By Kate Clark
BBC correspondent in Cairo
"About the Holocaust, this big figure they mention, nine million, six million, it's not true," says Mohammed, the correspondent of an international news agency in Cairo.
"In reality it was only half a million Jews killed - no more."
The reason why the figure is important, he says, is that the Israeli Government "uses the Holocaust to put pressure on the European governments to neglect Palestine, to try to kill the dream of a Palestinian state".
Mohammed also believes the Israeli secret service, Mossad, were responsible for the 11 September attacks.
His views appear to be quite typical among journalists in Egypt and American and Israeli groups monitoring anti-Semitism in the Egyptian media are livid.
Anti-Israel sentiment waxes and wanes
One such group is the US-based Anti-Defamation League which has also been complaining about a recent set of cartoons in the Egyptian daily, al-Wafd, calling them "viciously anti-Semitic".
The cartoons depict the Israeli Prime Minister, Ariel Sharon, as a Satanic figure, with horns and a tail and a swastika neck-tie.
"Quickly, go and build 10 more settlements," he says to a group of hook-nosed, religious Jews, "so we can remove them in front of the cameras."
Mohammed Khalil, who teaches Mass Communications at Cairo University, says depicting Israelis as Nazis is legitimate political commentary.
"The cartoonist wants to show just how unjust the Israelis are. He wants to say these people who suffered so much are now doing the same."
Most of the anti-Semitic imagery in the Egyptian media originally came from Europe: there is no indigenous tradition of anti-Jewish racism in the Muslim world.
Indeed in past centuries, Jews being persecuted in Europe often fled to Muslim countries.
Mohammed Salmawy, who edits the state-owned newspaper, Al-Ahram Hebdo, defends the use of old European myths like the blood libel - the accusation that Jews use the blood of Christians when making the matzo bread for Passover.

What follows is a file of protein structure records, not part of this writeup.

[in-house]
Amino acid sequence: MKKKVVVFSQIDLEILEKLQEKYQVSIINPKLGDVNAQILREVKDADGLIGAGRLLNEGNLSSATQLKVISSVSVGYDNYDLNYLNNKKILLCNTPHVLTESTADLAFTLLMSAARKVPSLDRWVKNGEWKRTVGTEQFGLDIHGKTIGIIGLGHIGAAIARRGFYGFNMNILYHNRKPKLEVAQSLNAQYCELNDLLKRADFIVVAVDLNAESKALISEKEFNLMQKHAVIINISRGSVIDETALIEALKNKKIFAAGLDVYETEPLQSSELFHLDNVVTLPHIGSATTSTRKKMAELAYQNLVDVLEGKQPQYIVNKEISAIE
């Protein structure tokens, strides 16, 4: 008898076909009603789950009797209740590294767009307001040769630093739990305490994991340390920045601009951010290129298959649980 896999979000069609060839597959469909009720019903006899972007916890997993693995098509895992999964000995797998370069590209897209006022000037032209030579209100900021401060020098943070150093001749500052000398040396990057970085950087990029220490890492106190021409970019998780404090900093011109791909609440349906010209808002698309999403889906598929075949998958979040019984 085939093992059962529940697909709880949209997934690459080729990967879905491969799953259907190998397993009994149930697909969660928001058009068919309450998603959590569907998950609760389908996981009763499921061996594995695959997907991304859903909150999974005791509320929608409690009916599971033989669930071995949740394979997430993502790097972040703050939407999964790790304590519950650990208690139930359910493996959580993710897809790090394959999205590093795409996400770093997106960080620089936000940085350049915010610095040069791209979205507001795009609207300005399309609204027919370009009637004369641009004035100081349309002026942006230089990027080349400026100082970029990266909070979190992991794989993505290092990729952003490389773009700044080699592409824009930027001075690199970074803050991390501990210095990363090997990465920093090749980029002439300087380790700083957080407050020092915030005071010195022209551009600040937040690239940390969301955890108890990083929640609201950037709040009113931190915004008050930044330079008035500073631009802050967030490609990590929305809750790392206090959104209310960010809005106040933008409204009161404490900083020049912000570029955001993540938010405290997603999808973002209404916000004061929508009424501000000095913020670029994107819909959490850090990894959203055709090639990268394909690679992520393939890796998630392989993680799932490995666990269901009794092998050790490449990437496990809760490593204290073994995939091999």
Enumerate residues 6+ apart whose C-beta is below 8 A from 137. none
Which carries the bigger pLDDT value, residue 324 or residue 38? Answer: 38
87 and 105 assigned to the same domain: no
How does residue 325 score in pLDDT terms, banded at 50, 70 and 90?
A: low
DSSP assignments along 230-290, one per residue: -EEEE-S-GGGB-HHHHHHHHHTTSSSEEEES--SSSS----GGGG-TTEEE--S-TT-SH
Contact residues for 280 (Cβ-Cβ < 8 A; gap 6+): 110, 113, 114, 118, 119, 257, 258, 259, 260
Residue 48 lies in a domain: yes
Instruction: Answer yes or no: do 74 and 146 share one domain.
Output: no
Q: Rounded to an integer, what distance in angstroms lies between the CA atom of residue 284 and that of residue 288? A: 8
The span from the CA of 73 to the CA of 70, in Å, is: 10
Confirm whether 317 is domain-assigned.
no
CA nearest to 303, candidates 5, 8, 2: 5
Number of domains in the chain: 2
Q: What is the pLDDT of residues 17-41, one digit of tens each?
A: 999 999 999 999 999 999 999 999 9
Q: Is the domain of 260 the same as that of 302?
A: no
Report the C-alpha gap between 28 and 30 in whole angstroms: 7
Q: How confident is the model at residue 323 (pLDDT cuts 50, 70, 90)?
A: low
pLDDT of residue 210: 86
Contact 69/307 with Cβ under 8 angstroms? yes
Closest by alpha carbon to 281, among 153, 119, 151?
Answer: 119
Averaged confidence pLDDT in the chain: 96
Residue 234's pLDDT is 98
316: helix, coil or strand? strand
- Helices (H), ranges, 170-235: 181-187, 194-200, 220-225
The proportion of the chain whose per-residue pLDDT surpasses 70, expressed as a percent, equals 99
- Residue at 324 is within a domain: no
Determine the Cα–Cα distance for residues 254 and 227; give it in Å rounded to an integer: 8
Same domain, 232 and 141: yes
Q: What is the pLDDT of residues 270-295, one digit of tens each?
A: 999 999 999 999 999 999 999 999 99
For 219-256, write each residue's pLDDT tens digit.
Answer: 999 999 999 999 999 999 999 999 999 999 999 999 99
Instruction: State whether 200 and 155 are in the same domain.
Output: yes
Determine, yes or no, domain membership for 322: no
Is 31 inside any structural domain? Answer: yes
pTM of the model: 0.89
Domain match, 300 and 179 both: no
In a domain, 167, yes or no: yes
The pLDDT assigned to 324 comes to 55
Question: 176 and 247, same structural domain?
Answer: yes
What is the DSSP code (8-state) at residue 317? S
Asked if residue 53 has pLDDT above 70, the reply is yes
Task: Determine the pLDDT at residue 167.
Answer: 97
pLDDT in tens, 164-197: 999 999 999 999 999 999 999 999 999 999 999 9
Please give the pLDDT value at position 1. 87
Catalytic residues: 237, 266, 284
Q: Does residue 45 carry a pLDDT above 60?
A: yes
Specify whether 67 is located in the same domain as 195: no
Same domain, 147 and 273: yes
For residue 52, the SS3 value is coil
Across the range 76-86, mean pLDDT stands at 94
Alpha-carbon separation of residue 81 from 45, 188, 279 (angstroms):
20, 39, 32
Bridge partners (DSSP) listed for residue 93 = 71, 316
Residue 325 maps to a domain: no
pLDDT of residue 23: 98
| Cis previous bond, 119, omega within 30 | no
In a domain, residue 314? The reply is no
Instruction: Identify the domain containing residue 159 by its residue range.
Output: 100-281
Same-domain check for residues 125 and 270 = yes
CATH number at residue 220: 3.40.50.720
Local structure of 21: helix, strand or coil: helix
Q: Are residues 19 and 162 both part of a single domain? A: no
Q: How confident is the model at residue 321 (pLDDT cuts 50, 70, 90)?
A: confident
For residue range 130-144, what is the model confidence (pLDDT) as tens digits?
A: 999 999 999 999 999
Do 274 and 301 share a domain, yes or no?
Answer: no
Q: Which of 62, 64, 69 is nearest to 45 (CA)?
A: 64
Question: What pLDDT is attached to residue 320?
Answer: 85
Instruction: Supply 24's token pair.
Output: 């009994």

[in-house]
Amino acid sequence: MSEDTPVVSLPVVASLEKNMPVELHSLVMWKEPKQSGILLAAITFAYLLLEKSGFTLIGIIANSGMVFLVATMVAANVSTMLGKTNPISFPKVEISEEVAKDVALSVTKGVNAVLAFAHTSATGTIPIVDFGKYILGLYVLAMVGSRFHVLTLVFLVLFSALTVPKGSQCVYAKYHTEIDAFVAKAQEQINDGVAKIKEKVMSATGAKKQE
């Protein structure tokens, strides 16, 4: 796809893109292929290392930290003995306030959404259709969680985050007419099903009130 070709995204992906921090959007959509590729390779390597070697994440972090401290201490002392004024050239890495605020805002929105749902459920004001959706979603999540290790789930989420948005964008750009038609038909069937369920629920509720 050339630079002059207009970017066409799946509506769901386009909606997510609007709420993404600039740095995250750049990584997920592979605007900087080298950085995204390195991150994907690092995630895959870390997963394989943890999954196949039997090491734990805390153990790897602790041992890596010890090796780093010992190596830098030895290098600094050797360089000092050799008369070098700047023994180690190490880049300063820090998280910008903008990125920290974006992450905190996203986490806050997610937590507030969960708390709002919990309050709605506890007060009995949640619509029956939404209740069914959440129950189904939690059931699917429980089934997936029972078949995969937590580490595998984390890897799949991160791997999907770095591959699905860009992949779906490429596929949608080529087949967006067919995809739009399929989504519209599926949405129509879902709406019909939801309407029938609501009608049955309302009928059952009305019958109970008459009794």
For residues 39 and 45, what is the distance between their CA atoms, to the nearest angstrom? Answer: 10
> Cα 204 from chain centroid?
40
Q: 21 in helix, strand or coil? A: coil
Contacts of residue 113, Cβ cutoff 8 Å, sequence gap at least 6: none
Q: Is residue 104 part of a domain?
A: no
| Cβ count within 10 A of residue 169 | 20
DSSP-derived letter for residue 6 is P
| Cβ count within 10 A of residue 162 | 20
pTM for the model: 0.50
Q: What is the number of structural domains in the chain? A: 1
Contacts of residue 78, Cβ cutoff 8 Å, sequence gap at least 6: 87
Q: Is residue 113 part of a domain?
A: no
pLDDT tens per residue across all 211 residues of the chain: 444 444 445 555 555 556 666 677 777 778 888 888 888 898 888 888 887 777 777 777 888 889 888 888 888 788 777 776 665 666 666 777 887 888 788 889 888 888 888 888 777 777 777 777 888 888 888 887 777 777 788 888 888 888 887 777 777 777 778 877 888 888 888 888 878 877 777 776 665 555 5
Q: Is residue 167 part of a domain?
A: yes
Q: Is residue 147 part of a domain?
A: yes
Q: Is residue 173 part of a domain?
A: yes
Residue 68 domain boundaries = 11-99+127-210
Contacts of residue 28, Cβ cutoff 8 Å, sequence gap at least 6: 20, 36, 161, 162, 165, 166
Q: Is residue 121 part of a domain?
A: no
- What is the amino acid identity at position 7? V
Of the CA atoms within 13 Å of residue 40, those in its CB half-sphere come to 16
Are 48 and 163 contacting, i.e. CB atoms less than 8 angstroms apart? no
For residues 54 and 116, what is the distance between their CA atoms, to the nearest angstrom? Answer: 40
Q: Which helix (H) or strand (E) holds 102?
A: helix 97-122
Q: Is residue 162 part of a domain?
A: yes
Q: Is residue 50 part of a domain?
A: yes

He says journalists are merely digging around - using the equivalent of Greek myths or fairy stories - to convey their horror at the Israeli occupation.
"The real question is why the actions of some people bring to mind these myths: Sharon's policy is bloody and discriminating and anti-Semitic - and remember, the Palestinians are also Semites."
Abdullah Schleifer, director of Television Studies at the American University of Cairo - and former NBC bureau chief - is utterly dismissive of media anti-Semitism.
"It's just a stupid knee-jerk reaction to the Arab-Israeli conflict," he says, by a media which goes quiet about Israel when official relations are good.
"During the period of the Oslo accords, there were terrible things happening on the West Bank - the number of illegal settlements doubled, Palestinian water rights were trampled - but I learned more from Ha'eretz - the Israeli newspaper - than I anything I could read in the Egyptian press, not a single correspondent went to the West Bank during that time."
However when the second uprising started, he says, and official relations became difficult, the media felt it had to be anti-Israel.
"But they know nothing, they don't understand Israel or the Jews because they don't read or study, so you get all this ludicrous stuff."
"Thank god, it's not real racial anti-Semitism," says Mr Schleifer who converted to Islam in the 1960s, but was born a Jew in New York.
Personal animosity towards Jews, even Israeli tourists, is rare in Egypt, he says.
Jews, not Israelis
Mr Schleifer's views seem to be borne out when I ask young Egyptians who have only known peace with Israel what they think about Israelis and Jews.
"In Egypt, we say what's in the heart, stays in the heart: Egyptians hate Israelis," says one man, sitting with his girlfriend in one of Cairo's many coffee shops.
But, he said, they don't hate Jews.
"For us, as Muslims, we regard the Jews as our cousins," he says.
A young woman insists it was only the creation of Israel which made other Egyptians wonder about the loyalty of their Jewish neighbours.
"Before that, Christians, Jews and Muslims lived peacefully in Egypt," she said, going on to complain about anti-Muslim and anti-Arab imagery in the American press.
The use of anti-Semitic imagery in the Egyptian media may seem bizarre, racist and anachronistic to outsiders.
But it is not based on any historical hatred of Jews as a race.
It has more to do with the need to be seen supporting the Palestinians, even if only in a purely symbolic way.
That means that if and when real peace comes, the Egyptian media are likely to quickly forget their anti-Semitic line.